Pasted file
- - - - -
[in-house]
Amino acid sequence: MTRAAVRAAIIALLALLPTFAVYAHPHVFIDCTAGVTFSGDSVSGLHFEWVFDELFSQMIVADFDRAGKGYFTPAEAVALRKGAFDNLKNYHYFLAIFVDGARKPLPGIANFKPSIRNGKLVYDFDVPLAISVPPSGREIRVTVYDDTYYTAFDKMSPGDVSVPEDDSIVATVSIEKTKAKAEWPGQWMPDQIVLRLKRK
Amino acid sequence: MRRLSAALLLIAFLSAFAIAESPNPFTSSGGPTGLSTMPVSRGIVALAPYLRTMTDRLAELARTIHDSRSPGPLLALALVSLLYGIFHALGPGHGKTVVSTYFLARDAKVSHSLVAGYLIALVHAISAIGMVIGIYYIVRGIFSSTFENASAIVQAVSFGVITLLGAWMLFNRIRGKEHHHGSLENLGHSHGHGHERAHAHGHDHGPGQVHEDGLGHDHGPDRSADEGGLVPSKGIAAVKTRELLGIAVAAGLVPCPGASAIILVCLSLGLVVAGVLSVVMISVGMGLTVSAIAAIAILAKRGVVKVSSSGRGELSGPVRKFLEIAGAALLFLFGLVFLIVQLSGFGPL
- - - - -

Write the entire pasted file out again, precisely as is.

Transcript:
[in-house]
Amino acid sequence: MTRAAVRAAIIALLALLPTFAVYAHPHVFIDCTAGVTFSGDSVSGLHFEWVFDELFSQMIVADFDRAGKGYFTPAEAVALRKGAFDNLKNYHYFLAIFVDGARKPLPGIANFKPSIRNGKLVYDFDVPLAISVPPSGREIRVTVYDDTYYTAFDKMSPGDVSVPEDDSIVATVSIEKTKAKAEWPGQWMPDQIVLRLKRK
Amino acid sequence: MRRLSAALLLIAFLSAFAIAESPNPFTSSGGPTGLSTMPVSRGIVALAPYLRTMTDRLAELARTIHDSRSPGPLLALALVSLLYGIFHALGPGHGKTVVSTYFLARDAKVSHSLVAGYLIALVHAISAIGMVIGIYYIVRGIFSSTFENASAIVQAVSFGVITLLGAWMLFNRIRGKEHHHGSLENLGHSHGHGHERAHAHGHDHGPGQVHEDGLGHDHGPDRSADEGGLVPSKGIAAVKTRELLGIAVAAGLVPCPGASAIILVCLSLGLVVAGVLSVVMISVGMGLTVSAIAAIAILAKRGVVKVSSSGRGELSGPVRKFLEIAGAALLFLFGLVFLIVQLSGFGPL